Kyrgyzstan, China ·
46 Days ·
13 Moments ·
8 August 2017
From Kunming, we took a train to the Shilin Stone Forest. Buying the train tickets was the first adventure of the day, but after an hour and a half of playing Chinese Chess against each other and the train staff, we got there.
As everywhere in China, there were too many tourists, but as always, it was worth it. The stones are stunning to look at. We managed to fight our way to a viewpoint pavillon and then walked in between the stones until it was time to go back.
27 July 2017
We took a cable car up to Huanglong National Park and spent the day hiking in between the travestines. Most of them had colourful names, like the Beauty Competing Pond or the Body Washing Cave (we unfortunately had to cancel the beauty competition because we couldn't decide on who to use as a judge).
Despite the guidebook saying that this was the least visited national park in the area, we were, as always, surrounded by thousands of Chinese tourists. We were lucky to get some pondering pictures before a Chinese woman used the empty spot to have a picture taken of her lying in front of the travestines.
All in all, it was worth braving the crowds. The sights were stunning.
26 July 2017
The small town of Lamusi is located on the border between Gansu and Sichuan. We stopped to visit the Tibetan monastery with its gold-covered roofs and its colourful interiors, and we got to spin a few more prayer wheels along the way.
25 July 2017
The Labrang Monastery is the largest Tibetan monastey outside Tibet. It is, unfortunately, very touristy but still worth a visit. We spent the day walking the pilgrimage path around the monastery complex and spinning 1.700 prayer wheels before returning to our colourful hotel and our very traditional bed.
24 July 2017
We took a boat to the Bingling Si caves that have been carved into huge limestone formations next to a river. The art in the caves was pretty and the sitting Buddha was huge, but the highlight of the caves were without doubt the two small temples we saw. We climbed stairs to get to the first one, where the temple keeper told us he had been living there for decades.
The waterfall cave was located a bit farther away from the rest of the complex, but the temple constructed on the cliff face was by far the most stunning. It spread out into several levels and small rooms decorated with statues of deitis, and the waterfall at its very back, a wet rock from which a single drop of water fell into a basin.
21 July 2017
We bushcamped at the Overhanging Great Wall, just a meter away from the wall. After climbing more than 500 steps to the top of it, we saw the tiny Buddhist pagodas in the mountains. A thin line looked like a path winding up to it and somehow, we thought it would be a good idea to try and get there.
We made it more than halfway when we realised we were probably going to die in the mountains. The rocks crumbled under our hands and feet and fell down the cliffs as we turned around and slowly climbed back.
The next day, we found the easy path and actually made it to the Buddhist hut and its prayer flags.
The fort of Jiayuguan was our first glimpse of the Great Wall. We climbed on top of the walls, tried our luck at archery with Tom, saw a Chinese opera and finally sat down in the courtyard to watch a kung fu and acrobatics performance. It was amazing! In fact, it was so good that we spent so long watching them, we couldn't make it back to the truck in time.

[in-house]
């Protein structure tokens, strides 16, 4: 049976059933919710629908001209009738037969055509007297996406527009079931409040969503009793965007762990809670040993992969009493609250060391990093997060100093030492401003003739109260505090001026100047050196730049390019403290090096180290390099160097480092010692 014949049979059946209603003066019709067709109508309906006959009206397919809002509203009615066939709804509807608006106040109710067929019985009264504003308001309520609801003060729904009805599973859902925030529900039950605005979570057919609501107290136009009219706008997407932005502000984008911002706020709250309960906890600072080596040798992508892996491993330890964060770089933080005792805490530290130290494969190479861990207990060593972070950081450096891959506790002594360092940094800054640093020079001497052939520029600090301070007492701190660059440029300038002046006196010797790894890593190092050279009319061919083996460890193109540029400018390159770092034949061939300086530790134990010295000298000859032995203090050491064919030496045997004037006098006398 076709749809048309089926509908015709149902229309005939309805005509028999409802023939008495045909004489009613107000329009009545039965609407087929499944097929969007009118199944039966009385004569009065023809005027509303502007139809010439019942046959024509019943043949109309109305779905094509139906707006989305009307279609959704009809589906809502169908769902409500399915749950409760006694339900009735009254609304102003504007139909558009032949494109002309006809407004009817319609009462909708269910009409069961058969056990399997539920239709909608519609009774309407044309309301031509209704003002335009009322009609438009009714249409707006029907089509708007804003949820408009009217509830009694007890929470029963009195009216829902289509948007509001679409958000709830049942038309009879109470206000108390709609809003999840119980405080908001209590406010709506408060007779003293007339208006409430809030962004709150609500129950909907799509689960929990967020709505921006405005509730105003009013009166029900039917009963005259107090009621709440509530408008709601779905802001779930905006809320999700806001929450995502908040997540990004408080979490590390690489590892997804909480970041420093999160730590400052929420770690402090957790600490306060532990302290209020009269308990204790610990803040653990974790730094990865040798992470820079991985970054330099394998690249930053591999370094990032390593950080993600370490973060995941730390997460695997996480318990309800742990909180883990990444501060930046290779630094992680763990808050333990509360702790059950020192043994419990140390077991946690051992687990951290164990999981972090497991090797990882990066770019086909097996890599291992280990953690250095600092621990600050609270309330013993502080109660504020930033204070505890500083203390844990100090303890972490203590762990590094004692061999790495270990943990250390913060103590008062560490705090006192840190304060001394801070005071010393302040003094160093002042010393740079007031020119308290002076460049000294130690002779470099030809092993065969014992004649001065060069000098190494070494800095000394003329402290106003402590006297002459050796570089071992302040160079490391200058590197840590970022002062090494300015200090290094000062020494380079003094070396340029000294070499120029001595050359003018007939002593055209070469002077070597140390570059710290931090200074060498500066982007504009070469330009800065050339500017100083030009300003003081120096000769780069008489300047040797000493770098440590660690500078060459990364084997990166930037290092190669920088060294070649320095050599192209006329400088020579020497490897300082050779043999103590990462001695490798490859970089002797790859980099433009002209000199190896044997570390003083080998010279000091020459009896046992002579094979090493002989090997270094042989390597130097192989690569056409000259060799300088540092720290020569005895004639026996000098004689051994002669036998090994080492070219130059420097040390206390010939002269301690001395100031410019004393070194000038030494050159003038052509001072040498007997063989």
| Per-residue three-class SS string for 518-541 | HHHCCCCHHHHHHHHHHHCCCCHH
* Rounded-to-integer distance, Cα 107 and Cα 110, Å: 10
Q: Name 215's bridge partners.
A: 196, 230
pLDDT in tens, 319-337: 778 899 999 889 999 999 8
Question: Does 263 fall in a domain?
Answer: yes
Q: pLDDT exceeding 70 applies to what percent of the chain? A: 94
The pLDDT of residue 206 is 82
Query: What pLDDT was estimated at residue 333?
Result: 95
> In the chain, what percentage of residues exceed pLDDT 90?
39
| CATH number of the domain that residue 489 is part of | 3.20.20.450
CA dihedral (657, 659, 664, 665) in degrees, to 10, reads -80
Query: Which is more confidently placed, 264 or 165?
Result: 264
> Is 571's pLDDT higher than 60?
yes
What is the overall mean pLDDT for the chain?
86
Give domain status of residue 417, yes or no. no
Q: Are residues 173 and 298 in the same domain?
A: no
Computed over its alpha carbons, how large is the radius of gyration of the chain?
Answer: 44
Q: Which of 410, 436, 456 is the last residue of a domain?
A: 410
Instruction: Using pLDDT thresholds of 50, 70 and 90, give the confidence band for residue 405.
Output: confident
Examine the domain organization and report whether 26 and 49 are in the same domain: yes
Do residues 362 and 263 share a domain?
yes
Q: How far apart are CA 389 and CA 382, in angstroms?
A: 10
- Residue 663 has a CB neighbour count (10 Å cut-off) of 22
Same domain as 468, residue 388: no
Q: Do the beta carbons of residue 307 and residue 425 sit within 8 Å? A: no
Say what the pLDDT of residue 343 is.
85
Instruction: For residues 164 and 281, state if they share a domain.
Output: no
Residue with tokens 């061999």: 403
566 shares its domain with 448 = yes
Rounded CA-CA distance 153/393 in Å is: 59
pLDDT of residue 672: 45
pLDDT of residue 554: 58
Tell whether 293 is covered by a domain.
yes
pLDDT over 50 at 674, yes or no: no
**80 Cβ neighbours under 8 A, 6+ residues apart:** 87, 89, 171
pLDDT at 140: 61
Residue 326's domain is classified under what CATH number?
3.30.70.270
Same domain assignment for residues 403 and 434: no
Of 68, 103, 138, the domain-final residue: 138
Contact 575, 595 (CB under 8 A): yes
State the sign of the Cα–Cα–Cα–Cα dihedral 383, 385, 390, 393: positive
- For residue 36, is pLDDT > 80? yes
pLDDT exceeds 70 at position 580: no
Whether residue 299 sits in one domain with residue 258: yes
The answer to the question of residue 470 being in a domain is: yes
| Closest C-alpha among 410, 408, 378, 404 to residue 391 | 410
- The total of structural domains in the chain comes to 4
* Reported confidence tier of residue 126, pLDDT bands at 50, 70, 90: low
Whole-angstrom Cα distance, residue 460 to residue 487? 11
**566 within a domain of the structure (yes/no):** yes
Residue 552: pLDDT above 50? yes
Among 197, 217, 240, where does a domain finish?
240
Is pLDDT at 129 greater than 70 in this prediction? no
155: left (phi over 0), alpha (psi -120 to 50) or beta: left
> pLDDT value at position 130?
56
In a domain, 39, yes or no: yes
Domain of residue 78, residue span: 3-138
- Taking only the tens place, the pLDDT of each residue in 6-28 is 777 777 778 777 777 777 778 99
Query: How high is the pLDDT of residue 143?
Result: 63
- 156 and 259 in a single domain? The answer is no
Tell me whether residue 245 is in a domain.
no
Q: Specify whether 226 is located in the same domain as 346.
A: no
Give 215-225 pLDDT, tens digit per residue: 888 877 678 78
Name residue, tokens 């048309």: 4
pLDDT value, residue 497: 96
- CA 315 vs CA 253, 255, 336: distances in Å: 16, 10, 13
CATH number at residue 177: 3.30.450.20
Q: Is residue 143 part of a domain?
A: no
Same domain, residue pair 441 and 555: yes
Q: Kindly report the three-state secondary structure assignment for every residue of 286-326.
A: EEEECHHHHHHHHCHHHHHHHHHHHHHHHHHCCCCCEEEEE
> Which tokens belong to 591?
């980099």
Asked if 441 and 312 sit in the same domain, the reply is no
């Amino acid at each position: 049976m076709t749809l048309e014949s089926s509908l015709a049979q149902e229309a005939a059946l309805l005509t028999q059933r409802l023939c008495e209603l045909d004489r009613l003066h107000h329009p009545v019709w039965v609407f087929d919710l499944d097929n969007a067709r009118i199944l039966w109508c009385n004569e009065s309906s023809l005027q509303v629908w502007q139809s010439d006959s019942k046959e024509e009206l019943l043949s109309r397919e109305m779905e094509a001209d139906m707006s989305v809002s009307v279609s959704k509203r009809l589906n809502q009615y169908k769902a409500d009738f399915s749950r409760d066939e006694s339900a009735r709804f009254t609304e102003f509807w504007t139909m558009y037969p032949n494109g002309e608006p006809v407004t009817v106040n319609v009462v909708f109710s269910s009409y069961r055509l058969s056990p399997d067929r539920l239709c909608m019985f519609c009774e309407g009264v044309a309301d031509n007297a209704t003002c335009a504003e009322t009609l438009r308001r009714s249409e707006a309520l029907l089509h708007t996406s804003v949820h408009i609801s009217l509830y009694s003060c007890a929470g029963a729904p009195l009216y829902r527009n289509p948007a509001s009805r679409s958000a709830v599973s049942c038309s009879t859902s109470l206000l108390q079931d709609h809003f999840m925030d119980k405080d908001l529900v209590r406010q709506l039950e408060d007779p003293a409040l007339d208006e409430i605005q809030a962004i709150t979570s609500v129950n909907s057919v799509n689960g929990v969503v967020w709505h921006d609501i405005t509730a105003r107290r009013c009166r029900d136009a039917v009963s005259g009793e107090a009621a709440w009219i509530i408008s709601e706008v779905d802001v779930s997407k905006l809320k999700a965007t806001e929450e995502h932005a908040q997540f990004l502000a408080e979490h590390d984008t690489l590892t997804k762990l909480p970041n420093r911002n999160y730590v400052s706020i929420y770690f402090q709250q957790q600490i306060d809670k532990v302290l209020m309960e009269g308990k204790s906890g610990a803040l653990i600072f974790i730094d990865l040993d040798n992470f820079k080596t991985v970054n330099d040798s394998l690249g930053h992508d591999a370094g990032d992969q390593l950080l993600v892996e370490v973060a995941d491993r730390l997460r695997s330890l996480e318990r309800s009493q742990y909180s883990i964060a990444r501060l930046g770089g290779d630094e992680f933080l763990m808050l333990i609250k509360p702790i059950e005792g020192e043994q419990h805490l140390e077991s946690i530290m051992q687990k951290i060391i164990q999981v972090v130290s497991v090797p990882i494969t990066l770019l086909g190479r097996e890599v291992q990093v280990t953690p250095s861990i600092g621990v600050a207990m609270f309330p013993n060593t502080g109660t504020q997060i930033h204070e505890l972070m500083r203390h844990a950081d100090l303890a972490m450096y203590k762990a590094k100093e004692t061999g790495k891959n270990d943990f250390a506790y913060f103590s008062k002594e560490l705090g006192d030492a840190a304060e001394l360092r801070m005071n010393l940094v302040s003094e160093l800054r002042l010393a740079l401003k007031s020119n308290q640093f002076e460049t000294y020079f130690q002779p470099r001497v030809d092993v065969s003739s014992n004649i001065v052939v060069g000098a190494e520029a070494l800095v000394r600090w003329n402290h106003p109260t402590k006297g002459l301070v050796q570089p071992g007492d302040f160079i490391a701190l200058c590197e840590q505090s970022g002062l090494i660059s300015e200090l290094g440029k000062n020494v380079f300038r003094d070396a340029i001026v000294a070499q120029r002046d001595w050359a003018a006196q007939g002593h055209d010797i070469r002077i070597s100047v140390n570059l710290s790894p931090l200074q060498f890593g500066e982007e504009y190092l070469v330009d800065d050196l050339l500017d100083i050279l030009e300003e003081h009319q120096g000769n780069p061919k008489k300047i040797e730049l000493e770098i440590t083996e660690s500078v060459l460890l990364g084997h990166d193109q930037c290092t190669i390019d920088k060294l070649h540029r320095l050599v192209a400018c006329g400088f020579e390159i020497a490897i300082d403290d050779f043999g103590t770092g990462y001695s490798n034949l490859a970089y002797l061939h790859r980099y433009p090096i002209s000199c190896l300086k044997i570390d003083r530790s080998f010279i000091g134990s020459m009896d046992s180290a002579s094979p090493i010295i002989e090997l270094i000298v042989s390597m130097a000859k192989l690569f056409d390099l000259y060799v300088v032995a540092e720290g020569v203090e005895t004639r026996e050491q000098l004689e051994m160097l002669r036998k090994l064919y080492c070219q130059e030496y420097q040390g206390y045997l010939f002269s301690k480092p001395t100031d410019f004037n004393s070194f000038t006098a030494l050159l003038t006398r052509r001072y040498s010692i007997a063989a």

20 July 2017
The Crescent Lake was one of the most fun places in China. We rode on camels, explored the pagoda next to the lake, climbed a sand dune and ran down on the steep side.
Then, for sunset, we flew across the dunes in a glider.
The Mogao Caves are an amazing collection of art. We got a local guide who showed us around and unlocked individual caves for us. Inside, there were frescoes with scenes of Buddhas life painted on all walls, and statues of Buddha and his disciples.
16 July 2017
Turpan is the hottest place in China and one of the hottest in the world. We braved the heat and visited the ancient city of Jar, once an important stop on the Silk Road.
On our way back, we stopped at the Karez Irrigation Museum to find out how people had been able to grow crops in these dry lands hundreds of years ago. The huge system of underground tunnels was quite impressive!
Our last stop for the day was a lake in the Turpan Depression. It is the second lowest point on Earth. The lowest one is the Dead Sea, which means that this one was the lowest landlocked point on Earth. It was extremely hot and we had to walk quite a distance to get there but it was still worth it.
14 July 2017
In between Aksu and Kuqa, we stopped at the Wentsu Canyon. The multi-coloured rock makes this a very special place. As we drove farther into the Canyon, the landscape started to change and the rock formations got more and more bizarre and interesting at the same time.
We went for a short hike before driving on to Kuqa.
5 July 2017
Kashgar! We unvoluntarily spent a whole week in this city, waiting for our truck to be released from customs. We visited the old town probably more times than we could count and by the end of the week, we knew all restaurants near our hotel. The noodle bar was quite good!
We went on two day trips. The first one took us to the Sunday Bazaar, only to find out that the biggest livestock market in Central Asia had been cancelled on that particular day. The second day trip was more interesting, taking us to Shipton's Arch, the tallest rock arch in the world.